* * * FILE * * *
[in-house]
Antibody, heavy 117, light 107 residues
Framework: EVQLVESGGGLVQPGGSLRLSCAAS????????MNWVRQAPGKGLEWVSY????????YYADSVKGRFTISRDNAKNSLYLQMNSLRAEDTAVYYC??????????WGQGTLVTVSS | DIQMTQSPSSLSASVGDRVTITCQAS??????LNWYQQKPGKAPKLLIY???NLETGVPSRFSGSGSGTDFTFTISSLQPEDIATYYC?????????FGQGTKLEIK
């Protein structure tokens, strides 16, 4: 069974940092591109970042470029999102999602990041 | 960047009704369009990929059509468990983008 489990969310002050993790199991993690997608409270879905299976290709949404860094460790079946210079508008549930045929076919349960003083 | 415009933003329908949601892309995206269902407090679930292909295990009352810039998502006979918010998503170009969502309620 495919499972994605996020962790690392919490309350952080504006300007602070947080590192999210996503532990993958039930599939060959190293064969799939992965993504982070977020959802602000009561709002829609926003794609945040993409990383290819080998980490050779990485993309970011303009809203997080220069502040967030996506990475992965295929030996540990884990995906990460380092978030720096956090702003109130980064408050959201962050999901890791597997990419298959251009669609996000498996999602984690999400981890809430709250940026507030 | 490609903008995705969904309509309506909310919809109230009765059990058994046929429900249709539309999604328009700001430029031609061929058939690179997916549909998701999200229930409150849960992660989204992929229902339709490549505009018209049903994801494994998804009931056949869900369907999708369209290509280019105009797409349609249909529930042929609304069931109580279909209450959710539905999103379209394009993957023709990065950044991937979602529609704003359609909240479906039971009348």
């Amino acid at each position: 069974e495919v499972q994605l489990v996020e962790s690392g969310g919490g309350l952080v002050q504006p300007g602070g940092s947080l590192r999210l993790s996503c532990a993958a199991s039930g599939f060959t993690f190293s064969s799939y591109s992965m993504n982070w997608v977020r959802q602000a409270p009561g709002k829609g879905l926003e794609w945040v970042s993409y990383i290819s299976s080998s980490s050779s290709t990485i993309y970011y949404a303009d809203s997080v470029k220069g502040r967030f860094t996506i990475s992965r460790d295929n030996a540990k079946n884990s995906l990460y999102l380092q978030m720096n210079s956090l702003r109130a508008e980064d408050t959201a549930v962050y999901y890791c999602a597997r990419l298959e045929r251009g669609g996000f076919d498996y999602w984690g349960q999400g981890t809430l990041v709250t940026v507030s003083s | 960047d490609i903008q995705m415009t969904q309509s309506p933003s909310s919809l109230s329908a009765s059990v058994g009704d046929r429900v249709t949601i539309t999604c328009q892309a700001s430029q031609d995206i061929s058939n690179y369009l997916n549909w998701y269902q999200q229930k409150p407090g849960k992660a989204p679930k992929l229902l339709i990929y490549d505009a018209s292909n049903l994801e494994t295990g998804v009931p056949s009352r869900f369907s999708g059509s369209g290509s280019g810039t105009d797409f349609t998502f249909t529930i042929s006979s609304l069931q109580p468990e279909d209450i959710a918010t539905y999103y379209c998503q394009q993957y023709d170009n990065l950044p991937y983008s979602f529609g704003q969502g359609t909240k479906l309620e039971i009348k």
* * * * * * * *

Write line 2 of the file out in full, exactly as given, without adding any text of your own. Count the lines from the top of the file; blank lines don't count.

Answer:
Antibody, heavy 117, light 107 residues